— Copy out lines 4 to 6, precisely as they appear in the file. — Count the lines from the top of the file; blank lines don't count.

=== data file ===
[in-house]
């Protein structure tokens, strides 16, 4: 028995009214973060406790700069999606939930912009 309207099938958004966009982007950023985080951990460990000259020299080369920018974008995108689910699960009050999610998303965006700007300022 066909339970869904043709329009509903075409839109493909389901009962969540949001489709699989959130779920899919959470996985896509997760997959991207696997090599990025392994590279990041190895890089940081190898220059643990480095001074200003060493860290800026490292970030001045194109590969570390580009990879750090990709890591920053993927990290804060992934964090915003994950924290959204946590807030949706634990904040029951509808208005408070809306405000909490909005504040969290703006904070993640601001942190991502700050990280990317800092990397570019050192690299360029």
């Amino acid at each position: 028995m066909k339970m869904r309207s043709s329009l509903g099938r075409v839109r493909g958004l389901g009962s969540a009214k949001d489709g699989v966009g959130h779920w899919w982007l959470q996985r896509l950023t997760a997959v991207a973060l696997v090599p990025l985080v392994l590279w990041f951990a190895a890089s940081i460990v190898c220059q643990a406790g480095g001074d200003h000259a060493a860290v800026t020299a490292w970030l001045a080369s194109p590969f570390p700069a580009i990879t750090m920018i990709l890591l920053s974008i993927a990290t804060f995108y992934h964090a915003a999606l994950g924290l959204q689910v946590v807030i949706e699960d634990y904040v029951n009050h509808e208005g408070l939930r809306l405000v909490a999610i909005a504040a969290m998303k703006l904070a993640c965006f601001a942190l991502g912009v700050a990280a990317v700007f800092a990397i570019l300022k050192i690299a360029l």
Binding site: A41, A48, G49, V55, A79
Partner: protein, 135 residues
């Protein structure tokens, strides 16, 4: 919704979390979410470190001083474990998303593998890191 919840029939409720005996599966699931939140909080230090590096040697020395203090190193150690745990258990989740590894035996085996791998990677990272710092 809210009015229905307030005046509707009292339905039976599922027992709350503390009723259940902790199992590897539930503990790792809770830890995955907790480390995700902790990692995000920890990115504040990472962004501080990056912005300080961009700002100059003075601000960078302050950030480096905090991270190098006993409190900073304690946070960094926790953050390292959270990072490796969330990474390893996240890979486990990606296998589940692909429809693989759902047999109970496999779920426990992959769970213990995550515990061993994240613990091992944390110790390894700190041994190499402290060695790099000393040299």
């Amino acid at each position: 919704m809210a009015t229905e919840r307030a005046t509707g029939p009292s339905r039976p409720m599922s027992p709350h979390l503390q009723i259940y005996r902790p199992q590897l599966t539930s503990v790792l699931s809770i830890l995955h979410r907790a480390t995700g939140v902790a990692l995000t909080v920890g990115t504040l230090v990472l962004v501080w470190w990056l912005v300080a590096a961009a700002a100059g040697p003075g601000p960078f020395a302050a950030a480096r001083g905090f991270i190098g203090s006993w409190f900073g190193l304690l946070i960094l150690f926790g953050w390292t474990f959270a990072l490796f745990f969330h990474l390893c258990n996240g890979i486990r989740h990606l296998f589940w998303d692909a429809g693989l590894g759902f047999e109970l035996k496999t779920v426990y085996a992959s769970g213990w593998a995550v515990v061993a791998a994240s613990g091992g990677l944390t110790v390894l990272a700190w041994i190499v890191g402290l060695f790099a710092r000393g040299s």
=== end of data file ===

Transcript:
Binding site: A41, A48, G49, V55, A79
Partner: protein, 135 residues
């Protein structure tokens, strides 16, 4: 919704979390979410470190001083474990998303593998890191 919840029939409720005996599966699931939140909080230090590096040697020395203090190193150690745990258990989740590894035996085996791998990677990272710092 809210009015229905307030005046509707009292339905039976599922027992709350503390009723259940902790199992590897539930503990790792809770830890995955907790480390995700902790990692995000920890990115504040990472962004501080990056912005300080961009700002100059003075601000960078302050950030480096905090991270190098006993409190900073304690946070960094926790953050390292959270990072490796969330990474390893996240890979486990990606296998589940692909429809693989759902047999109970496999779920426990992959769970213990995550515990061993994240613990091992944390110790390894700190041994190499402290060695790099000393040299």